Some might consider a RAID cage to be frivolous. But this is the Ultimate Box after all, so we're including the 3ware RAID cage that lets you hot swap four drives in the space of three 5.25" drive bays. Aside from easy drive replacement, the RAID cage has two advantages over mounting the drives normally. First, the 3.5" hard drive cage in the case fits only two drives if you want good air circulation. You would have to mount at least two of the drives in the 5.25" area, and then add drive fans if you want to keep them cool. The RAID cage lets you pack all the drives in one small space, and it comes with its own set of fans to keep them cool. The cage also requires only two power sources, instead of one for each drive.
Getting Started with DevOps - Including New Data on IT Performance from Puppet Labs 2015 State of DevOps Report
August 27, 2015
12:00 PM CDT
DevOps represents a profound change from the way most IT departments have traditionally worked: from siloed teams and high-anxiety releases to everyone collaborating on uneventful and more frequent releases of higher-quality code. It doesn't matter how large or small an organization is, or even whether it's historically slow moving or risk averse — there are ways to adopt DevOps sanely, and get measurable results in just weeks.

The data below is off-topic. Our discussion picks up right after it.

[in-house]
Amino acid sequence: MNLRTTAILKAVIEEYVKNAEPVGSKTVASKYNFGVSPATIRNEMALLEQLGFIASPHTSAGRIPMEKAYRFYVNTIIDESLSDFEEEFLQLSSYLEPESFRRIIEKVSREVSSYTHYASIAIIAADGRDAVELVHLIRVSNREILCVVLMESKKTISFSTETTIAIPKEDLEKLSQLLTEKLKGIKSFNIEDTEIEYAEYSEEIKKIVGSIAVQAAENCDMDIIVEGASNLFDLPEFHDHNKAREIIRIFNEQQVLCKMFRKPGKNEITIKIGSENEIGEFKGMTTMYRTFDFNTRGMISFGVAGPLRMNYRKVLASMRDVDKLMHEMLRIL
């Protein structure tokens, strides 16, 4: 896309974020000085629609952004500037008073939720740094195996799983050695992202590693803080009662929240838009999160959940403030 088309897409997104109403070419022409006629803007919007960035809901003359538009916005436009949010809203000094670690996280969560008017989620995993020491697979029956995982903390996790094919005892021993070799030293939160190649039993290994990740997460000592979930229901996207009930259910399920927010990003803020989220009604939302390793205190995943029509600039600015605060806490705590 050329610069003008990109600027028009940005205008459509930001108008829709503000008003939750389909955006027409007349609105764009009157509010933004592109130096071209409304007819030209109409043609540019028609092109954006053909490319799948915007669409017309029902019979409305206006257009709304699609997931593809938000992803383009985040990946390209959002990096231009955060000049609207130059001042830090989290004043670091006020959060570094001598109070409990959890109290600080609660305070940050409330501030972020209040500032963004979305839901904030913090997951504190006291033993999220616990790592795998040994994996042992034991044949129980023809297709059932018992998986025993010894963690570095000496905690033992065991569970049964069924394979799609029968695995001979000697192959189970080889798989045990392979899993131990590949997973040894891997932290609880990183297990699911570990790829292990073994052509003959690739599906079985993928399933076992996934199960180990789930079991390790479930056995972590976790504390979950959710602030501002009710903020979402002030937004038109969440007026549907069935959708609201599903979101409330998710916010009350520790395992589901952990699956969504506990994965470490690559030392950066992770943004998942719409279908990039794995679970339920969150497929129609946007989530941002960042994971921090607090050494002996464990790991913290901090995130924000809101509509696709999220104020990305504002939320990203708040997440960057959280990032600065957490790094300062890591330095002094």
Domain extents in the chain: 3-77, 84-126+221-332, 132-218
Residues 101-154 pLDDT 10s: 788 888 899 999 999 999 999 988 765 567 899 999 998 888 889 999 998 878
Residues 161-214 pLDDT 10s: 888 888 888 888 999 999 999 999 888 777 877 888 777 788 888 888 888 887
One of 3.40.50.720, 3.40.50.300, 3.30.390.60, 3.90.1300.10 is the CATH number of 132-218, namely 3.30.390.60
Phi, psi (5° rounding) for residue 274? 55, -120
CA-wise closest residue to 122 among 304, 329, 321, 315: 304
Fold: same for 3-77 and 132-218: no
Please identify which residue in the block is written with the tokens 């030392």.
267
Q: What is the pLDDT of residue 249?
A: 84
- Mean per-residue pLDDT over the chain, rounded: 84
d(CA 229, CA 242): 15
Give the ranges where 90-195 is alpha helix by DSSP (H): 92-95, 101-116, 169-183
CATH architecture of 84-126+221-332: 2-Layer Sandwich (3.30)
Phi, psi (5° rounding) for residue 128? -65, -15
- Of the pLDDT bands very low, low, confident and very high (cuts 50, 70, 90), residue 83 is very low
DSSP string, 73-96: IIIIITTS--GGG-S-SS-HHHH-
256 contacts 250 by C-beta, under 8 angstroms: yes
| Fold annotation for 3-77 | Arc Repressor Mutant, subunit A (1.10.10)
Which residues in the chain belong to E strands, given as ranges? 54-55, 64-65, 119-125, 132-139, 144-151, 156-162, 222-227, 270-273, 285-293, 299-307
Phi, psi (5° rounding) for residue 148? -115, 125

Free to Linux Journal readers.Register Now!
- Hacking a Safe with Bash
- Django Models and Migrations
- Secure Server Deployments in Hostile Territory, Part II
- The Controversy Behind Canonical's Intellectual Property Policy
- Home Automation with Raspberry Pi
- Huge Package Overhaul for Debian and Ubuntu
- Shashlik - a Tasty New Android Simulator
- Embed Linux in Monitoring and Control Systems
- KDE Reveals Plasma Mobile
- diff -u: What's New in Kernel Development